Launched in 2015, the Globalizing the Classroom Fellowship Program brings together secondary and community college educators from across the country who have distinguished themselves through their work and passion for integrating global content into their classrooms. While Harvard’s regional study centers have long engaged with educators through professional development programming and resource building, the fellowship presents an opportunity to extend and deepen this working relationship, supporting rigorous teaching on world regions at multiple grade levels.
The 2017-2018 fellowship program will allow a select group of educators to take part in ongoing conversations and resource development that was begun during the 2017 summer teacher’s workshop devoted to “Cities and Our Urbanizing World.” Each fellow is expected to develop classroom materials for use in their own classrooms but with potential value to classrooms throughout the country. The trainings, drawing on Harvard resources, will be devoted to both area studies content and pedagogical approaches, and will primarily take place through online connective technology. The fellowship continues the partnership between Harvard area studies centers (two of which are considered National Resource Centers) and the educational research group Project Zero.
Gustavo Carrera was born in Buenos Aires, Argentina. Child and Grandchild of immigrants, Gustavo was fascinated by migration and history; he moved to New York where he researched migration issues and worked with newly arrived immigrants. He earned a B.A. in History from Columbia University and an M.A. with a specialization in Teaching History From Ashland. He has done additional graduate work in Latin American and Latino History. Over the course of his career, he has worked at three independent schools in a variety of capacities including diversity, middle school history, and admissions. Currently, chairs the History and Social Sciences Department at Buckingham Browne and Nichols an independent school in Cambridge, MA, where he has led the development of Global and American History materials and curriculum. In addition, he is responsible for co-leading the new faculty program.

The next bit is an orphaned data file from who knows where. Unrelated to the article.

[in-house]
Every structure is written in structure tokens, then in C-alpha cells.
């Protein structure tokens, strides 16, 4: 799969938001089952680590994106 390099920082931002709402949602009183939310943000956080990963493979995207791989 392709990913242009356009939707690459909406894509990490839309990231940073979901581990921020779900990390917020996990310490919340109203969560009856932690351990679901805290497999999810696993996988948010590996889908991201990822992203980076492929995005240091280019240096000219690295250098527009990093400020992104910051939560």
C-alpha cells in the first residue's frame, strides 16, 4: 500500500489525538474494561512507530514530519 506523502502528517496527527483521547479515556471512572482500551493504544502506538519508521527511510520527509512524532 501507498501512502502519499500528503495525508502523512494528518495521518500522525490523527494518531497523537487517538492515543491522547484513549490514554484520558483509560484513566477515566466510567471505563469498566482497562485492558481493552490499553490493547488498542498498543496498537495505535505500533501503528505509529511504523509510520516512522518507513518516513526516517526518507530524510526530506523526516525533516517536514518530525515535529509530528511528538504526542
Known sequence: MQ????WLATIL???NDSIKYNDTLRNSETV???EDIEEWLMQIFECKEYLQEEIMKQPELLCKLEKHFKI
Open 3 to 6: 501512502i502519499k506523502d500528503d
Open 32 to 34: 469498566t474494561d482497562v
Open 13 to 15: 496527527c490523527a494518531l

Cynthia M. Garza is a middle school History and Geography teacher at Ecole Bilingue de la Nouvelle-Orléans, a French-American school in New Orleans, Louisiana. She holds a Bachelor’s degree in Spanish, a master’s degree in Latin American Studies from Tulane University, and she is currently completing her dissertation for a PhD in the same department. Before teaching at Ecole Bilingue, Cynthia taught Latin American Studies and Cultural Anthropology at Loyola University where she also led a study abroad program to Mexico City. Additionally, she taught Latin American Studies at Warren Easton High School and raised money to take her students to Peru, Brazil, and the Dominican Republic, where they completed home stays and studied at local language programs. Cynthia is originally from the Texas-Mexico borderlands, but she has lived in New Orleans for over twenty years. She considers Peru her second home, as she worked as a teacher and child advocate there after college and later returned to live and conduct dissertation research. She has also lived abroad in Salvador da Bahia, Brazil; Cochabamba, Bolivia; and St. Petersburg, Russia.